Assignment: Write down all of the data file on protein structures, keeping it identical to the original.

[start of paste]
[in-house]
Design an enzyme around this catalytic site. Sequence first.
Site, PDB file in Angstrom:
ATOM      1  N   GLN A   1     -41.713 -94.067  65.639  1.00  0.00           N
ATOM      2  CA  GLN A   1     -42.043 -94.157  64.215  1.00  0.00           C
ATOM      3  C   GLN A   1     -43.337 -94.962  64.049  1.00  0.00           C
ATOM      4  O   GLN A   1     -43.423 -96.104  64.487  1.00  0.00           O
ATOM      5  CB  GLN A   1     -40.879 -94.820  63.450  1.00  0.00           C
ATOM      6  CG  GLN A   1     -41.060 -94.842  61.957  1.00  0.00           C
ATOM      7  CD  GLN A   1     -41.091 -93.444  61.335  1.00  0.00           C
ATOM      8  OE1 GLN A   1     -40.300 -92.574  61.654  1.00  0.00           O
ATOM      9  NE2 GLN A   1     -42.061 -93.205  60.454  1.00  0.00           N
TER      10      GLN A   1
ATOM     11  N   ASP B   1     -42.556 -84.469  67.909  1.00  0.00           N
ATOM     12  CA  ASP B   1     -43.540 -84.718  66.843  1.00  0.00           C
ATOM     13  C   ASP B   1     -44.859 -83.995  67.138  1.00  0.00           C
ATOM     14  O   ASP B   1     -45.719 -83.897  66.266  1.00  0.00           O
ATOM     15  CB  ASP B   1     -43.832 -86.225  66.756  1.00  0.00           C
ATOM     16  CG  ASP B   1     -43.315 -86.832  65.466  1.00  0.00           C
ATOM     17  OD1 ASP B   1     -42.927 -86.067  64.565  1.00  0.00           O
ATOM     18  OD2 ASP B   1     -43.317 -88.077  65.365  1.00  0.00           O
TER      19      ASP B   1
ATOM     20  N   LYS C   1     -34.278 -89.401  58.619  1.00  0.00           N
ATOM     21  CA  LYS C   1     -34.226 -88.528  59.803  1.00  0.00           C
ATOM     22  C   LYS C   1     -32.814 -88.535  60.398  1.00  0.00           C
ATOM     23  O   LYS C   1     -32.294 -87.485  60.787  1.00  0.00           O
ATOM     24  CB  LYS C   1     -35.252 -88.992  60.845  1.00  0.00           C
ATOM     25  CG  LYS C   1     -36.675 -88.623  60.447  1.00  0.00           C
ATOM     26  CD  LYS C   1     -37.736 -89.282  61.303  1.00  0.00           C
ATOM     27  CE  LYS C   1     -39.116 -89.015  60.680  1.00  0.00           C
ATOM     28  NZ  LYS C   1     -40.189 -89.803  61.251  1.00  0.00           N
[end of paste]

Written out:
[in-house]
Design an enzyme around this catalytic site. Sequence first.
Site, PDB file in Angstrom:
ATOM      1  N   GLN A   1     -41.713 -94.067  65.639  1.00  0.00           N
ATOM      2  CA  GLN A   1     -42.043 -94.157  64.215  1.00  0.00           C
ATOM      3  C   GLN A   1     -43.337 -94.962  64.049  1.00  0.00           C
ATOM      4  O   GLN A   1     -43.423 -96.104  64.487  1.00  0.00           O
ATOM      5  CB  GLN A   1     -40.879 -94.820  63.450  1.00  0.00           C
ATOM      6  CG  GLN A   1     -41.060 -94.842  61.957  1.00  0.00           C
ATOM      7  CD  GLN A   1     -41.091 -93.444  61.335  1.00  0.00           C
ATOM      8  OE1 GLN A   1     -40.300 -92.574  61.654  1.00  0.00           O
ATOM      9  NE2 GLN A   1     -42.061 -93.205  60.454  1.00  0.00           N
TER      10      GLN A   1
ATOM     11  N   ASP B   1     -42.556 -84.469  67.909  1.00  0.00           N
ATOM     12  CA  ASP B   1     -43.540 -84.718  66.843  1.00  0.00           C
ATOM     13  C   ASP B   1     -44.859 -83.995  67.138  1.00  0.00           C
ATOM     14  O   ASP B   1     -45.719 -83.897  66.266  1.00  0.00           O
ATOM     15  CB  ASP B   1     -43.832 -86.225  66.756  1.00  0.00           C
ATOM     16  CG  ASP B   1     -43.315 -86.832  65.466  1.00  0.00           C
ATOM     17  OD1 ASP B   1     -42.927 -86.067  64.565  1.00  0.00           O
ATOM     18  OD2 ASP B   1     -43.317 -88.077  65.365  1.00  0.00           O
TER      19      ASP B   1
ATOM     20  N   LYS C   1     -34.278 -89.401  58.619  1.00  0.00           N
ATOM     21  CA  LYS C   1     -34.226 -88.528  59.803  1.00  0.00           C
ATOM     22  C   LYS C   1     -32.814 -88.535  60.398  1.00  0.00           C
ATOM     23  O   LYS C   1     -32.294 -87.485  60.787  1.00  0.00           O
ATOM     24  CB  LYS C   1     -35.252 -88.992  60.845  1.00  0.00           C
ATOM     25  CG  LYS C   1     -36.675 -88.623  60.447  1.00  0.00           C
ATOM     26  CD  LYS C   1     -37.736 -89.282  61.303  1.00  0.00           C
ATOM     27  CE  LYS C   1     -39.116 -89.015  60.680  1.00  0.00           C
ATOM     28  NZ  LYS C   1     -40.189 -89.803  61.251  1.00  0.00           N